ADHD teens often need more parenting. It is important that you find the right balance in parenting your ADHD teen. Here are some quick tips to get you started:
In discipline, there is a balance between being too strict and too soft. Try using problem-solving and negotiation when teaching your ADHD teen to give input and take responsibility for actions. Stand by any consequences that you set.
Don’t talk if you are upset. Calm down before talking with you teen and always listen more than you speak!
Don’t take the arguments personally – remember, as a parent there are parts of the job that aren’t fun. Don’t back away from the important issues.
Stay as realistic as possible – remember, we all slip up. Look at the implications of the situation and if there are none, ask yourself if it is worth getting upset about.
And above all, show them how much you love them. Kind words and a warm smile all help.
ADHD Families has pulled together a number of resources that we think will help with your questions about ADHD. This section will continue to build on the recommended resources and provide you with the support that you need.
Many of these resources are available through the CanLearn library or through the Family and Community Resource Centre at the Alberta Children’s Hospital.
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Many parents are looking for ways to help improve their child’s memory and attention. Recently, brain games and other computer-based training programs have become quite popular. This article explains some of the limitations that research has found about these games. It is important for parents to consider the research as well as the claims that these companies make. ADHD treatment should include multiple approaches, with the understanding that there is no real “cure”.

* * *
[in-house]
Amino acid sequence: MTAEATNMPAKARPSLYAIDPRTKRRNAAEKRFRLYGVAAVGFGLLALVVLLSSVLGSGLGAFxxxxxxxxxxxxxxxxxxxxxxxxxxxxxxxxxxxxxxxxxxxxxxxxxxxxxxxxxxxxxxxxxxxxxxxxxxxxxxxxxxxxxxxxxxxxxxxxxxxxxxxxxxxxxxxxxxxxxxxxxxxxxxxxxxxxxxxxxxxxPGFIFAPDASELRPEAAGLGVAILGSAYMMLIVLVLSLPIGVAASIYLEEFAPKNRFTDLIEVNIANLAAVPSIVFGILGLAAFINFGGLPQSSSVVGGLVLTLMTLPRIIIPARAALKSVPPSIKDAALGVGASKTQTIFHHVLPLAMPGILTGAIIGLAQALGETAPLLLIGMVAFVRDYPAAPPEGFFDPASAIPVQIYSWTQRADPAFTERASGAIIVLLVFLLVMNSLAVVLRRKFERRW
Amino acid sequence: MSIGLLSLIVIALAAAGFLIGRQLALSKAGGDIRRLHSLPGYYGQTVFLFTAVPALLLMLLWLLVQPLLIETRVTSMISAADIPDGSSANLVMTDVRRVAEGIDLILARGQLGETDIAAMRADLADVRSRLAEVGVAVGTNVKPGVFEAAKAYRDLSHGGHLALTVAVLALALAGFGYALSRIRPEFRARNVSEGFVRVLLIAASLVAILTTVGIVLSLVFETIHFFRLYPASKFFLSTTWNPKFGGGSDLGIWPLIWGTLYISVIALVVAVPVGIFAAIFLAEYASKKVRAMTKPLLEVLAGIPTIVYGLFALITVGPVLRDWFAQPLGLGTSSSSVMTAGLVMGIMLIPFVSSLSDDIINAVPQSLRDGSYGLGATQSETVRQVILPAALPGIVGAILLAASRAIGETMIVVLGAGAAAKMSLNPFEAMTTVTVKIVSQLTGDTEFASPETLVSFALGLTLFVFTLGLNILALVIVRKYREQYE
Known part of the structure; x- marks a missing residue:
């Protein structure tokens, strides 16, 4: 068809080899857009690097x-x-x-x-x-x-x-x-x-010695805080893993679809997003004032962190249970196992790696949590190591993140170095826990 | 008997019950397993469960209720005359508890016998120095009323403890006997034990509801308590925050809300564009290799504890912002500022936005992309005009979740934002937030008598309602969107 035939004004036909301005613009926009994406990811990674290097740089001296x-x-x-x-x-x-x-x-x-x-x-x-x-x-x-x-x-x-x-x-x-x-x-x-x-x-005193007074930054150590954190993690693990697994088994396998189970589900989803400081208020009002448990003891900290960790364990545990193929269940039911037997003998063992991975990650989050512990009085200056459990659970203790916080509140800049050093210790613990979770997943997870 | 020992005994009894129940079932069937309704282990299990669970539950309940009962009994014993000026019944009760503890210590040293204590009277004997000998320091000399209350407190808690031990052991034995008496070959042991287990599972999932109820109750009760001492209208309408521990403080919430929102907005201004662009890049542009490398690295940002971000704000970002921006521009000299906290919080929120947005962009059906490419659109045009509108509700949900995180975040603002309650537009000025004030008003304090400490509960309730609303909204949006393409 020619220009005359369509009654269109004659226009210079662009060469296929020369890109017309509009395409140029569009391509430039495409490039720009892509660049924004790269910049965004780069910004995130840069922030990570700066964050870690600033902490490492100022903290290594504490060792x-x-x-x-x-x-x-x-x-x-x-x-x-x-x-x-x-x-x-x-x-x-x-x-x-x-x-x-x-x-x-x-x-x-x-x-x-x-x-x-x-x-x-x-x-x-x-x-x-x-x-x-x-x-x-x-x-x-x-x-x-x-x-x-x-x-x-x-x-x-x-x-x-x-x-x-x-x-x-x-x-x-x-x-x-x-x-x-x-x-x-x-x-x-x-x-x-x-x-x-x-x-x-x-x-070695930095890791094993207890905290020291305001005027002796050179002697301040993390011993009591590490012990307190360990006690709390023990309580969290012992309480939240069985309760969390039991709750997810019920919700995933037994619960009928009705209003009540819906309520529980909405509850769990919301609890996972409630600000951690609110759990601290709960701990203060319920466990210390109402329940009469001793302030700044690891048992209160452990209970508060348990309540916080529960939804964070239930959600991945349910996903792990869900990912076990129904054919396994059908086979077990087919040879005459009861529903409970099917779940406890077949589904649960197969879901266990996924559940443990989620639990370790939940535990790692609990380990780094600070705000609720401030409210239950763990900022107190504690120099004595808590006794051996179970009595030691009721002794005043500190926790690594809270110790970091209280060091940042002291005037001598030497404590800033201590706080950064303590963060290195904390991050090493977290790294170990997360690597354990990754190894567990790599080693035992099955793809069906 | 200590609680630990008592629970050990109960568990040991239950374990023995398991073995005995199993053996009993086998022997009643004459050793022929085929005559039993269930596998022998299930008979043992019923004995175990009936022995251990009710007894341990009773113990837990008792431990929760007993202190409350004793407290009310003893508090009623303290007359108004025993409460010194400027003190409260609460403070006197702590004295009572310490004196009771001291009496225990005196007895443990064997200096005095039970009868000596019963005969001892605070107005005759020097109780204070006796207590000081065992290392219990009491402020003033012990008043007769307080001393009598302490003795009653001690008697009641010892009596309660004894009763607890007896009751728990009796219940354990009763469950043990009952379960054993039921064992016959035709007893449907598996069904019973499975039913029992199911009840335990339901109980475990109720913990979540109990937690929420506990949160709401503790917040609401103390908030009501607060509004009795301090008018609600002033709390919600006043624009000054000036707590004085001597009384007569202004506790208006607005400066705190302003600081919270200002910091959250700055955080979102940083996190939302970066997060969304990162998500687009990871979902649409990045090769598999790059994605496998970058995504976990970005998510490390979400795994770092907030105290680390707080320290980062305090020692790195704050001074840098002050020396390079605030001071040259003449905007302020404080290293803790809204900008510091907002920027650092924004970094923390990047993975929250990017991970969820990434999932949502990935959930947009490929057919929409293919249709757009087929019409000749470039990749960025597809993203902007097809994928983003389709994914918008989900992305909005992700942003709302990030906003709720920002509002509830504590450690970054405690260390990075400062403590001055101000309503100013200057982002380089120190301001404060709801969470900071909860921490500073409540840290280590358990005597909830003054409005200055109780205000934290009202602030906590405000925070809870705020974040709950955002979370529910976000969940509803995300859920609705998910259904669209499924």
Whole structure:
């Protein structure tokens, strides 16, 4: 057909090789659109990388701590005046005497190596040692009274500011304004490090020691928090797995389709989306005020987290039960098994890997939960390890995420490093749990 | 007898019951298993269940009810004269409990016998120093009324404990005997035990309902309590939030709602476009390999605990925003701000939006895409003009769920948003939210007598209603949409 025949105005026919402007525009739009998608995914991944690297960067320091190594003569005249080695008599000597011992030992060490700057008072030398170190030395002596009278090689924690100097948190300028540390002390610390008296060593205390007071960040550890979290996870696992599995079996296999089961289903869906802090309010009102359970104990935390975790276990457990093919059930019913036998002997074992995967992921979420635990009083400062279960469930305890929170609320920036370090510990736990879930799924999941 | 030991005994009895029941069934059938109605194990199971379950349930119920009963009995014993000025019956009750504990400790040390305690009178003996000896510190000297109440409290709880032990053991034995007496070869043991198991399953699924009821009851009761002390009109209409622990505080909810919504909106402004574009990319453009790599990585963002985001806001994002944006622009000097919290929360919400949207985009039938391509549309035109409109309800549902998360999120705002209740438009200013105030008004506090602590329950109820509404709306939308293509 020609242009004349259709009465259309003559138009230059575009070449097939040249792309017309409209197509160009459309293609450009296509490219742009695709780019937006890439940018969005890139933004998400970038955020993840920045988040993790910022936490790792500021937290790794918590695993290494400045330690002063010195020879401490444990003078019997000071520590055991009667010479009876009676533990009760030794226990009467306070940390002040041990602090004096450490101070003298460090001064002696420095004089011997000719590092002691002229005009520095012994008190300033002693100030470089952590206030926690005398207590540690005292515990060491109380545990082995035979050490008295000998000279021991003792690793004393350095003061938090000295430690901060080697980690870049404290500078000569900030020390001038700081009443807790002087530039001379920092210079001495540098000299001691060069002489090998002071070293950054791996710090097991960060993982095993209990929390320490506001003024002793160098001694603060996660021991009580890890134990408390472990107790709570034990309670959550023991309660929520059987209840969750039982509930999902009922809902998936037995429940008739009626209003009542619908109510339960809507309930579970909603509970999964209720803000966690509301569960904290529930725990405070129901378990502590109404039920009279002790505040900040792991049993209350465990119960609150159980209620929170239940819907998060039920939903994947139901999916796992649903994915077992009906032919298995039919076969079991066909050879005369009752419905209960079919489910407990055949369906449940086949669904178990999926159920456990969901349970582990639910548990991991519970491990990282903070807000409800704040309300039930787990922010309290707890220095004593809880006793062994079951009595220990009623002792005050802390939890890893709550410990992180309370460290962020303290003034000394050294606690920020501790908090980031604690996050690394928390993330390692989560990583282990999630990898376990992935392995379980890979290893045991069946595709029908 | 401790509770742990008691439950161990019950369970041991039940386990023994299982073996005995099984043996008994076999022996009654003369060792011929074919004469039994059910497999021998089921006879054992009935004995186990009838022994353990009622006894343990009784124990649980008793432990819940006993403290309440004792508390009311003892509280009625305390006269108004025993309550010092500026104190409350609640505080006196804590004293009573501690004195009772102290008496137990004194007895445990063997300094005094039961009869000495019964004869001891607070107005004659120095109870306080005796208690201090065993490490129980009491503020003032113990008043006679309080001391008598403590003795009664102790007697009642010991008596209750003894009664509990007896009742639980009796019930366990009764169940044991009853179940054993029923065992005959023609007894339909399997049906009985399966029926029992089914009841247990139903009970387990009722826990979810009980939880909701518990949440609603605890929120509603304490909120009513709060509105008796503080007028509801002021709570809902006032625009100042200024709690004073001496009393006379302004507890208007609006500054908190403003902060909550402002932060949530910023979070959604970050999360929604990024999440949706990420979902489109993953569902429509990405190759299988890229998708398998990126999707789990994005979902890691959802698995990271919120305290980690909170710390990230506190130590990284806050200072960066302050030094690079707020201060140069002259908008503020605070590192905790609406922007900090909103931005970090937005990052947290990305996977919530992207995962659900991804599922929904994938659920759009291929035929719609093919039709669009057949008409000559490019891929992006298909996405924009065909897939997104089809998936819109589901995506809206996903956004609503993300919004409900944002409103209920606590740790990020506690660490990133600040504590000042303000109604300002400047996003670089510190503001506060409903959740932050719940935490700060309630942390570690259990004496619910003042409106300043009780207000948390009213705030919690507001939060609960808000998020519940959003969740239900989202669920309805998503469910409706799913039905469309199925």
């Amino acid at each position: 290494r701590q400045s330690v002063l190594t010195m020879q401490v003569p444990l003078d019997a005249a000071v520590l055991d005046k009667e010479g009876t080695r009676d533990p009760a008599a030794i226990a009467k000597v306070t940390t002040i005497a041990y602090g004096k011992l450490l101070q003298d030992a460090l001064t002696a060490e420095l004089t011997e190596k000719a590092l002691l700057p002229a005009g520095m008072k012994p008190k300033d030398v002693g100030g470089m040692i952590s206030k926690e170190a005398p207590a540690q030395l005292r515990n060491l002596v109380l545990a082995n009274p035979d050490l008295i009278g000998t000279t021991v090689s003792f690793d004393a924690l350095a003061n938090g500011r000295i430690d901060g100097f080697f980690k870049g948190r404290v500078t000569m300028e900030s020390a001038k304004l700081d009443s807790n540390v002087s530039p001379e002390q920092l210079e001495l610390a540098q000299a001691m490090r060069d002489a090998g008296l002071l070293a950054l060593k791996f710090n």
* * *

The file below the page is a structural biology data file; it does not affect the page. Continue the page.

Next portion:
Dispelling Myths About ADHD. (PDF)
ADHD is a disorder that is frequently talked about in every day culture and as a result, there are a lot of myths about ADHD that families should be aware about. This article provides information about some common ADHD myths.
Démystifier le TDA/H. (PDF)
This is the French version of the above article on ADHD myths.
Reframing ADHD. (PDF)
The resource talks about how to think about ADHD differently and how ADHD affects students in various ways. If parents and teachers can make a shift in their perspective, they can begin to see youth with ADHD in a more positive light and provide them with the supports they need. This resource may also be helpful for teachers.
This is the French version of the above article on Reframing ADHD.
Working Memory. (PDF)
Working memory is the ability to hold information in your mind while working with it or using it while completing a task. Often, individuals with ADHD have difficulties with working memory. This resource provides information about working memory and some strategies that may be helpful to accommodate for working memory deficits. This resource may also be helpful for teachers.
This is the French version of the above article on Working Memory.
Fidget Toys Fact Sheet. (PDF)
This resource provides general information about fidget toys and how they can be used to support and increase attention and concentration. Web links for related resources are also provided.
These resource lists were compile by CanLearn Society and the Family & Community Resource Centre. You can check with your local library or with The Alberta Library for the availability of these resources. These resources can also be borrowed from the Family & Community Resource Centre or CanLearn Society.